This week in Cosmology


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A few interesting developments this week in the world of Cosmology.
For starters, observations using the hubble Telescope and the Keck Telescope at Mauna Kea have discovered stars between galaxies - apparently ripped from their parent homes to form small clusters in the intergalactic voids:

Astronomers find 'cosmic vagabonds'

Astronomers have discovered clusters of stars drifting in what was thought to be the empty space between the galaxies.

The stars have been torn from their parent galaxies, and scattered into the intergalactic voids by gravity from other, passing galaxies.
Finding these cosmic "orphans" has pressed the capabilities of telescopes to their limits.

The scientists responsible have presented their work to the International Astronomical Union's (IAU) General Assembly in Sydney, Australia.

Droplets in space

Astronomers have known for more than a century that galaxies are surrounded by a swarm of ancient star clusters. Our own Milky Way galaxy has about 150 of these "globular clusters".

Globular clusters look like a droplet in space and can contain up to a million stars. Studies of them have provided many important insights into the formation of stars and galaxies.

Observations made by the Hubble Space Telescope and the giant 10-metre Keck Telescope on Mauna Kea, Hawaii, found the orphaned globular clusters.

Cosmic spill

"These clusters are no longer held within the gravitational grip of galaxies, and seem to be wandering freely through intergalactic space like cosmic vagabonds," says Dr Michael West of the University of Hawaii.

According to West, these globular star clusters probably once resided in galaxies just like most of the normal globular clusters that we see in nearby galaxies today.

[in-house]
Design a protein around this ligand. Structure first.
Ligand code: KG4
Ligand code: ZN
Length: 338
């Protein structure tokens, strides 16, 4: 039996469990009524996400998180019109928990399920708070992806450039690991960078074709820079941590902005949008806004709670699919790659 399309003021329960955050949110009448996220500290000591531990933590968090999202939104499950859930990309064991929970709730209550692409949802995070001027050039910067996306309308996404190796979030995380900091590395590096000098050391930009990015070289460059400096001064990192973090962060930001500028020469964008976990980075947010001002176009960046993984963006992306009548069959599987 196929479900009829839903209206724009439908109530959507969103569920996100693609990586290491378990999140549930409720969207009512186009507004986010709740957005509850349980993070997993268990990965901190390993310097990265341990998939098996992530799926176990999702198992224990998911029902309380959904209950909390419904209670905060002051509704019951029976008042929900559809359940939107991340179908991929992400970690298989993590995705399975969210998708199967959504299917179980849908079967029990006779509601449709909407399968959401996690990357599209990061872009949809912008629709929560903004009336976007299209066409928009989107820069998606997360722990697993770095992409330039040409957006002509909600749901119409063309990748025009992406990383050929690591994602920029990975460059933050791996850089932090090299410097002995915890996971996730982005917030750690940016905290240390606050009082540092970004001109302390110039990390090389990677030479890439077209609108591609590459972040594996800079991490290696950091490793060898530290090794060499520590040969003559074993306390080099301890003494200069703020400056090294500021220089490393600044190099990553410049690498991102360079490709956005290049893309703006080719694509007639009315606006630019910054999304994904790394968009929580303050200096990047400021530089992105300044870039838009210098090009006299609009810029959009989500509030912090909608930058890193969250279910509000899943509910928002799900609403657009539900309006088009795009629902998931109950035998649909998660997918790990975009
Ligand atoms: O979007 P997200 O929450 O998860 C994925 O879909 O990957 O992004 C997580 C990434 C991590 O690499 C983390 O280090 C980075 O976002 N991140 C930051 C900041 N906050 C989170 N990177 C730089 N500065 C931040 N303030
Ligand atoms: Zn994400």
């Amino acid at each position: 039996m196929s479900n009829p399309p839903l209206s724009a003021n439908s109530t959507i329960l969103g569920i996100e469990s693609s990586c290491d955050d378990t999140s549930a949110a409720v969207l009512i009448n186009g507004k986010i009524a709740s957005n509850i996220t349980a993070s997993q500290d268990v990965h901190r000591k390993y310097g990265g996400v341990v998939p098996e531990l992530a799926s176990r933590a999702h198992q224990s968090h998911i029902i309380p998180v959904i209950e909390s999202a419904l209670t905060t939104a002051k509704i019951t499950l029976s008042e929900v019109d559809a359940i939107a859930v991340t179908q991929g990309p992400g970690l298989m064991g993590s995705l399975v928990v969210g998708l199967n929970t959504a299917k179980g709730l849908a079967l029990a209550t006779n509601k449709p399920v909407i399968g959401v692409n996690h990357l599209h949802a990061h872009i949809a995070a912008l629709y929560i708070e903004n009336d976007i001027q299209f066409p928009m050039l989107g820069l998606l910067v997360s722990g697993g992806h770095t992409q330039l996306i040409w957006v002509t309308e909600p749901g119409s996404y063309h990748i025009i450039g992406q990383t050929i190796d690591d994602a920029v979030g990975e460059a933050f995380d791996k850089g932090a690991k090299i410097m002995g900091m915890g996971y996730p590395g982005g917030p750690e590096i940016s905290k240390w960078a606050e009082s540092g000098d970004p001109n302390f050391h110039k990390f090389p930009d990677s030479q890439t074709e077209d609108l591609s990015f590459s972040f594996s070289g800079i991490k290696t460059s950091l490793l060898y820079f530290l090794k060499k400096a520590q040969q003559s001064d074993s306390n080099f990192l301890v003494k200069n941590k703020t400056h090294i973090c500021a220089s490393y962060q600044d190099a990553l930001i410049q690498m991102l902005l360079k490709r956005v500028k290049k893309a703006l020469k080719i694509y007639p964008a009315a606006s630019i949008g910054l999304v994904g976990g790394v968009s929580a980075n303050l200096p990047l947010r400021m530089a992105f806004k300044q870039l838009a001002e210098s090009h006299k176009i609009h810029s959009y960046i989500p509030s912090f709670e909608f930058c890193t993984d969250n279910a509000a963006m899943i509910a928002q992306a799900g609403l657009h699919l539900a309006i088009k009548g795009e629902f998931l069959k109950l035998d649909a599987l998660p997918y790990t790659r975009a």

However, the pull of gravity from a passing galaxy can rip stars and star clusters loose. In some cases, entire galaxies can be disrupted or destroyed by the gravitational pull from galactic neighbours.

It is thought that the partial or complete destruction of their parent galaxies spilled the globular star clusters into intergalactic space.

Astronomers also used the Hubble Telescope to develop a "mass map" of a distant galaxy, in the ongoing search to locate the presence - and eventually describe (assuming it exists!) Dark Matter:

'Mass map' probes dark matter

Astronomers have mapped of one of the most massive structures in the Universe, showing how much more there is to it than glowing stars and gas.

The object is a distant cluster of galaxies that contains dark matter, the unknown component that comprises most of the mass of the Universe.
The new "mass map" shows it is distributed in much the same way as are the visible stars.

Researchers believe it will lead to a better understanding of the mysterious dark matter, even though it does not help them find out exactly what it is.

Here, there and everywhere

Clusters of galaxies are the largest stable systems in the Universe. They contain not only stars, gas and dust but something else as well.
Astronomers do not know what that something is. They know it is there because they can see the effect its gravity has on the motions of the stars and galaxies.

Dark matter makes up about 80-85% of the matter in the Universe. Many types of objects are suspected, ranging from dead stars to hoards of sub-atomic particles.

In an attempt to pin down the distribution of dark matter, whatever it is, an international team of astronomers used the Hubble Space Telescope to make its mass map of the galaxy cluster called CL0024+1654.
The map enabled them to see how the dark matter is distributed with respect to the visible galaxies in the cluster.

Across the Universe

To produce the map, the researchers looked at more distant galaxies behind the cluster, noting that their shapes are distorted by the gravity of the foreground cluster - an effect called gravitational lensing.
The nature of the distortion provides information about the unseen mass of the cluster.

The project required more than 120 hours observing time - the largest amount of Hubble time ever devoted to studying a galaxy cluster.
The investigation has resulted in the most comprehensive study of the distribution of dark matter in a galaxy cluster so far.

The map reveals that the dark matter drops sharply with distance from the cluster centre, which is what astronomers expected.

"This confirms a picture that has emerged from recent detailed computer simulations," says Professor Richard Ellis of CalTech, US.